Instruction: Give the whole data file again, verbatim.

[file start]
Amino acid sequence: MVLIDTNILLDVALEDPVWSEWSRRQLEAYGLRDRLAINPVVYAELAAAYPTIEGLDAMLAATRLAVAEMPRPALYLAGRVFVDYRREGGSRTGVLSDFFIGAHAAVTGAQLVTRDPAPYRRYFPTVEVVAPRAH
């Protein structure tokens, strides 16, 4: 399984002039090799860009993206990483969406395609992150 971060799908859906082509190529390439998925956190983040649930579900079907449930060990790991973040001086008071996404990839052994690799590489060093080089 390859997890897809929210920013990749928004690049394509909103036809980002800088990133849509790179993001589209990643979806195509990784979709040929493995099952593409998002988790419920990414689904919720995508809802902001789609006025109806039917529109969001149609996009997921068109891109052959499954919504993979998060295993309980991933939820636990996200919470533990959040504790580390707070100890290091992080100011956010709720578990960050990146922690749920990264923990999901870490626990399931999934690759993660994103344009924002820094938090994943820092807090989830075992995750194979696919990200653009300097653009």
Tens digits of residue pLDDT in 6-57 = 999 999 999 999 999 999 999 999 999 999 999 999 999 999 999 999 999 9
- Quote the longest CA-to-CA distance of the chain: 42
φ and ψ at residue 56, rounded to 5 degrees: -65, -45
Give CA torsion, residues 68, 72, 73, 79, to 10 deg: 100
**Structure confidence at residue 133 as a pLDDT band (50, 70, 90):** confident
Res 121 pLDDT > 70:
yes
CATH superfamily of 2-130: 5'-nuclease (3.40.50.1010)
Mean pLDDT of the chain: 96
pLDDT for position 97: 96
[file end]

Amino acid sequence: MVLIDTNILLDVALEDPVWSEWSRRQLEAYGLRDRLAINPVVYAELAAAYPTIEGLDAMLAATRLAVAEMPRPALYLAGRVFVDYRREGGSRTGVLSDFFIGAHAAVTGAQLVTRDPAPYRRYFPTVEVVAPRAH
């Protein structure tokens, strides 16, 4: 399984002039090799860009993206990483969406395609992150 971060799908859906082509190529390439998925956190983040649930579900079907449930060990790991973040001086008071996404990839052994690799590489060093080089 390859997890897809929210920013990749928004690049394509909103036809980002800088990133849509790179993001589209990643979806195509990784979709040929493995099952593409998002988790419920990414689904919720995508809802902001789609006025109806039917529109969001149609996009997921068109891109052959499954919504993979998060295993309980991933939820636990996200919470533990959040504790580390707070100890290091992080100011956010709720578990960050990146922690749920990264923990999901870490626990399931999934690759993660994103344009924002820094938090994943820092807090989830075992995750194979696919990200653009300097653009």
Tens digits of residue pLDDT in 6-57 = 999 999 999 999 999 999 999 999 999 999 999 999 999 999 999 999 999 9
- Quote the longest CA-to-CA distance of the chain: 42
φ and ψ at residue 56, rounded to 5 degrees: -65, -45
Give CA torsion, residues 68, 72, 73, 79, to 10 deg: 100
**Structure confidence at residue 133 as a pLDDT band (50, 70, 90):** confident
Res 121 pLDDT > 70:
yes
CATH superfamily of 2-130: 5'-nuclease (3.40.50.1010)
Mean pLDDT of the chain: 96
pLDDT for position 97: 96